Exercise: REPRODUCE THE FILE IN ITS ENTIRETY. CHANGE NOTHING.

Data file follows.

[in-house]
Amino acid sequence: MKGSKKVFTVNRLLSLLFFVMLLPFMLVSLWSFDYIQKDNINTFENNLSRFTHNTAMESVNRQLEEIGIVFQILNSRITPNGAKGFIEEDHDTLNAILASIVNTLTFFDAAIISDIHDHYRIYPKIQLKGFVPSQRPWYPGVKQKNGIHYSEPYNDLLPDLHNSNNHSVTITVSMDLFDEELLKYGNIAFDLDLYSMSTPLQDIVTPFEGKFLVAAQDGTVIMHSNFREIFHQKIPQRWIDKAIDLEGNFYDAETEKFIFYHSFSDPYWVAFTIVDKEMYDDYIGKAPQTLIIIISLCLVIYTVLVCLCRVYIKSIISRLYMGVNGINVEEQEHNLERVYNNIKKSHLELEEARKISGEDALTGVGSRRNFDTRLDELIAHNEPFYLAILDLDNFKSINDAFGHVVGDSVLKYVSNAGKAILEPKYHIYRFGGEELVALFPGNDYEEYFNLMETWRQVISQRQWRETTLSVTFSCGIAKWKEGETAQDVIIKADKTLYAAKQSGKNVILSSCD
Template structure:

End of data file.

[in-house]
Amino acid sequence: MKGSKKVFTVNRLLSLLFFVMLLPFMLVSLWSFDYIQKDNINTFENNLSRFTHNTAMESVNRQLEEIGIVFQILNSRITPNGAKGFIEEDHDTLNAILASIVNTLTFFDAAIISDIHDHYRIYPKIQLKGFVPSQRPWYPGVKQKNGIHYSEPYNDLLPDLHNSNNHSVTITVSMDLFDEELLKYGNIAFDLDLYSMSTPLQDIVTPFEGKFLVAAQDGTVIMHSNFREIFHQKIPQRWIDKAIDLEGNFYDAETEKFIFYHSFSDPYWVAFTIVDKEMYDDYIGKAPQTLIIIISLCLVIYTVLVCLCRVYIKSIISRLYMGVNGINVEEQEHNLERVYNNIKKSHLELEEARKISGEDALTGVGSRRNFDTRLDELIAHNEPFYLAILDLDNFKSINDAFGHVVGDSVLKYVSNAGKAILEPKYHIYRFGGEELVALFPGNDYEEYFNLMETWRQVISQRQWRETTLSVTFSCGIAKWKEGETAQDVIIKADKTLYAAKQSGKNVILSSCD
Template structure: